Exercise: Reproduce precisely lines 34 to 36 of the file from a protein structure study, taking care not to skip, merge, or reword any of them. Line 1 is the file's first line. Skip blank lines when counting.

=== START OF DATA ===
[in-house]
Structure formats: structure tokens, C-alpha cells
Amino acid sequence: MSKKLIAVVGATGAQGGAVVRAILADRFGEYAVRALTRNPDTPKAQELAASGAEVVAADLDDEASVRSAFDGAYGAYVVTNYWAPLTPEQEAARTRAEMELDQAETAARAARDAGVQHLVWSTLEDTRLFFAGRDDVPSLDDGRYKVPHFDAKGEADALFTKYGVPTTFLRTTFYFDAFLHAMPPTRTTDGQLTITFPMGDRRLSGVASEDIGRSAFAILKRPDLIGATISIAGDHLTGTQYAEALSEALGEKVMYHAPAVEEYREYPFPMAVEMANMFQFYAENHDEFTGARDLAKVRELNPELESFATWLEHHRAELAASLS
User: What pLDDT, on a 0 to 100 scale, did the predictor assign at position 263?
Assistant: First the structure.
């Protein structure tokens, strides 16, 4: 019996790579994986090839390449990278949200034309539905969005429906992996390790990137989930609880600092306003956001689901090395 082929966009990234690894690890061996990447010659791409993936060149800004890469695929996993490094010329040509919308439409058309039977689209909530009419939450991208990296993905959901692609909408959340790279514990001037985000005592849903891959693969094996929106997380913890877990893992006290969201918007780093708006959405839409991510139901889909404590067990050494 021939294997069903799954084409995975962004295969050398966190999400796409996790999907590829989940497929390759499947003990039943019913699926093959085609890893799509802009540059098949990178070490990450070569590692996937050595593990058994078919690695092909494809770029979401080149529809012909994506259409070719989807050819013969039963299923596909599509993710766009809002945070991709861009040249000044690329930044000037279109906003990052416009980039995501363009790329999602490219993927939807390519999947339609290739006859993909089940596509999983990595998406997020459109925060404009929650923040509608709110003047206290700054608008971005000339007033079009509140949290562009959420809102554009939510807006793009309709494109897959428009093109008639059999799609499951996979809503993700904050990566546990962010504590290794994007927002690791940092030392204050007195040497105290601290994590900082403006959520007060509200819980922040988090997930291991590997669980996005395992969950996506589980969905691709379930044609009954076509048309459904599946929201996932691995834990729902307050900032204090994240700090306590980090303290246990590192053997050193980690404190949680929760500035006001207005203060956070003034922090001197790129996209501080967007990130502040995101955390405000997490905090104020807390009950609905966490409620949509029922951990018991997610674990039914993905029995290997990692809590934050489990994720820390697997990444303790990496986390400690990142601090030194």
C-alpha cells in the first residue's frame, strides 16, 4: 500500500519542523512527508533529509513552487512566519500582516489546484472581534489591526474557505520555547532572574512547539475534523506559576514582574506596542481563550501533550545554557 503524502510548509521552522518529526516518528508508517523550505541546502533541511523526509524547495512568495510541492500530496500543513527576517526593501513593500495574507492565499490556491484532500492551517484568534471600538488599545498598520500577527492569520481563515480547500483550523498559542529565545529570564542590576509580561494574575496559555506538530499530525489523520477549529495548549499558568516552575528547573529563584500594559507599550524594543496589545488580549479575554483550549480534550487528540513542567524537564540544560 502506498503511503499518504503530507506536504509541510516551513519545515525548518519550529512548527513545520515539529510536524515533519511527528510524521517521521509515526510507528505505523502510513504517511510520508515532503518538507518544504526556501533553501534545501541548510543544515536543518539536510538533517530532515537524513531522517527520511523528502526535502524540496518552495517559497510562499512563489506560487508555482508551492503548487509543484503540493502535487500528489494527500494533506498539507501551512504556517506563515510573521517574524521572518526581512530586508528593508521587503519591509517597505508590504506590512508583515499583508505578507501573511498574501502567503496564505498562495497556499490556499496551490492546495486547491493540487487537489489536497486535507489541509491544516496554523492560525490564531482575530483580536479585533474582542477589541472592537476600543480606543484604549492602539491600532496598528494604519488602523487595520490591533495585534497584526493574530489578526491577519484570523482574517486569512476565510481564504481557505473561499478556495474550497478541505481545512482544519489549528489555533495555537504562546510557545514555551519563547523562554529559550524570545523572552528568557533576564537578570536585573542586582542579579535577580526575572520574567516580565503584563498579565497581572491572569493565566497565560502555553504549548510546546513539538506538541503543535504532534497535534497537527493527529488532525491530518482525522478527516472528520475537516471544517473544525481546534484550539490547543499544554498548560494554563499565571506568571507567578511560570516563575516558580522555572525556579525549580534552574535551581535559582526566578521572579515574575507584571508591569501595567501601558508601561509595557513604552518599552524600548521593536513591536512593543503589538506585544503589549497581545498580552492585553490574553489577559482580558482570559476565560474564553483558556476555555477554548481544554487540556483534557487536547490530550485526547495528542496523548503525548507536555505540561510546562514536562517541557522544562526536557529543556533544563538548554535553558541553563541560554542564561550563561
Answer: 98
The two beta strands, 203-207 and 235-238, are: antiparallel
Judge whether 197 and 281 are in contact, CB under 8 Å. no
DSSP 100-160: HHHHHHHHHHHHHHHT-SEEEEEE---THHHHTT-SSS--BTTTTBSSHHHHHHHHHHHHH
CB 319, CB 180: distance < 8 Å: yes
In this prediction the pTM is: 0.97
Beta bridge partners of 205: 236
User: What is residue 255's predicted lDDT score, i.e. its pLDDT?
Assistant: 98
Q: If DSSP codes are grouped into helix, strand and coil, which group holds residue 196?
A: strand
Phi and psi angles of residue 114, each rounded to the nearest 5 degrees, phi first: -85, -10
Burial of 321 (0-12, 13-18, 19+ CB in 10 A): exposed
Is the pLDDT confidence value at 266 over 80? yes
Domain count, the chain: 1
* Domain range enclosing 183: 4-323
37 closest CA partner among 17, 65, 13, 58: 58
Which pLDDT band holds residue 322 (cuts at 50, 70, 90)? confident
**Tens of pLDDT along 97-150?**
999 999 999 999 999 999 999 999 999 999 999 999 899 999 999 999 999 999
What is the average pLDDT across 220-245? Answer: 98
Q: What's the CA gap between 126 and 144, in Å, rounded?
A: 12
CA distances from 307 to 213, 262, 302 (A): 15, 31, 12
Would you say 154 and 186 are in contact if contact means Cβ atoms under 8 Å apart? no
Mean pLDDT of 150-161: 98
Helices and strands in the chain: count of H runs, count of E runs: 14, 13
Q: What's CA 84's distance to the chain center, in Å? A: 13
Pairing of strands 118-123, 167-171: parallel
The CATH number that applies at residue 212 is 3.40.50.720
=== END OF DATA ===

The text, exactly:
Helices and strands in the chain: count of H runs, count of E runs: 14, 13
Q: What's CA 84's distance to the chain center, in Å? A: 13
Pairing of strands 118-123, 167-171: parallel